This sounds to me like the equivalent of having radios that are too expensive to be mass-produced, but not so expensive as to be prohibitive for governments/militaries/wealthy tradesmen.

The biggest impact I'm immediately seeing is for warfare. Throughout the history of warfare strategy, communication has always been a pain-point. The general may be on a hilltop seeing most of the battle, and knows exactly what he wants his regiments to do, but with a communication method (couriers on horseback) that is measured in several minutes, there is only so much he can do. All of that changed in WWII and as radio communications have been improved, communication has become even more critical in battle--without good communication systems, you have a huge disadvantage towards those who do.

In an ancient context, I see these stones being used very effectively by commanders. A general has a few different pairs, each of which goes to a different one of his "sergeants" (or whatever word they use). Combine that with horseback and your manueverability would be devastating.

Many of the ancient civilizations that dominated the known world did so because of being more advanced with their horseback skills, starting with the Hyksos that took over Egypt, and continuing with the Assyrians, Babylonians, Mongols, and Huns, to name a few. Give these people radio communications and they will be even more devastating. Likewise, defending against invaders can only be done effectively by other generals using the same technique.

Basically, as with so many technologies, the radio takes something that is already useful (the art and science of warfare tactics) and amplifies its importance even more.

I can see the landscape of your world developing into a high-conflict landscape, like the time of the warlords in feudal Japan. The only effective leaders are brilliant generals, or individuals who have a brilliant general in their pocket.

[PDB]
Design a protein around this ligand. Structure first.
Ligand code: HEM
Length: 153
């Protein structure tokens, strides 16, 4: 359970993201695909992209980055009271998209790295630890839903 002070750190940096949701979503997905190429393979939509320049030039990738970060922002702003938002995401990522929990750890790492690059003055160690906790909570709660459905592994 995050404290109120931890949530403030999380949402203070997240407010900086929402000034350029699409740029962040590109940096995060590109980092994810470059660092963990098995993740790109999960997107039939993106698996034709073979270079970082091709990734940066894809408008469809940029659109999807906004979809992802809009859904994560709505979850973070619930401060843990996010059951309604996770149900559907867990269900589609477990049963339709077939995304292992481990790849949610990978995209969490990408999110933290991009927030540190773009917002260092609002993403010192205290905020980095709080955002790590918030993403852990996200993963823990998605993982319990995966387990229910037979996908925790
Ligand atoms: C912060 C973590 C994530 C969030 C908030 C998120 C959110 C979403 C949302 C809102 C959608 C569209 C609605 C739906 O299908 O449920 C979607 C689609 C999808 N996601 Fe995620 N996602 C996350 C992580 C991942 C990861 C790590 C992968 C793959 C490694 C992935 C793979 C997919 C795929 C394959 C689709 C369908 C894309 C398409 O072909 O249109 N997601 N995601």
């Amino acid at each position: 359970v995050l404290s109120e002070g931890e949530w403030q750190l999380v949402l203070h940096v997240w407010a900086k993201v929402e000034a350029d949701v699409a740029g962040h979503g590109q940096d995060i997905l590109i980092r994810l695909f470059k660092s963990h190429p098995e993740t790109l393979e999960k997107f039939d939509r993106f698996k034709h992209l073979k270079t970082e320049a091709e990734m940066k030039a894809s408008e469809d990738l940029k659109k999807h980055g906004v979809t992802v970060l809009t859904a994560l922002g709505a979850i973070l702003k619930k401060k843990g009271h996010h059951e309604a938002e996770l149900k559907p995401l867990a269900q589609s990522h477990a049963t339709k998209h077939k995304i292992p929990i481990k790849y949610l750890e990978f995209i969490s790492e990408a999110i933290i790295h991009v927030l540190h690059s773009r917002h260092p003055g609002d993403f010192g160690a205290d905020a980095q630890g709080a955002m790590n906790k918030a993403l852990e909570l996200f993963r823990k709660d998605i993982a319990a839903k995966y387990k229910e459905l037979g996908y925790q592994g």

I know you asked for a more economic solution, but I'll opt to give a more political one, as economy has always been secondary (and directly related to) how well the government functions.

Govenments would form more quickly.

Imagine having the communications technology to call the police or the fire brigade instantly as a caveman. Humans would adapt this technology rapidly to request help from other people where needed. People would become more social, and things like war would be complicated enormously because requesting reinforcements instantly would be trivial. Also when an attack happens, telling people to flee instantly would be easy as well, completely minimising losses.

This would need to be regulated, and political solutions would be preferable over military ones, meaning governments would form rapidly to deal with the amounts of information and tactical solutions available. Information sharing has always been crucial for any kind of conflict, and instant communication has not been available to humans until something like the last few hundred years. Having that option early on would change the dynamic completely. The governments would form around the people having access to the more advanced/expensive stones, and it is likely they would regulate the distribution of the lesser stones as well. People would unify and seek out societies with proper stone distribution, as this, from a survival standpoint, would be much preferable over an anarchic society where the stones would be less useful by not being part of a larger network.

Inventions would be shared more quickly as well, as people would come to check out why this guy is so happy collecting water, finding out he invented the bucket. This would mean industrialisation and technology would evolve more rapidly than it did on our world.

Unification of the human race early on would not be infeasible, although I'd still be sceptic about that. But tribes and nations would be able to expand rapidly, and form quicker and more rigidly than they did in our society.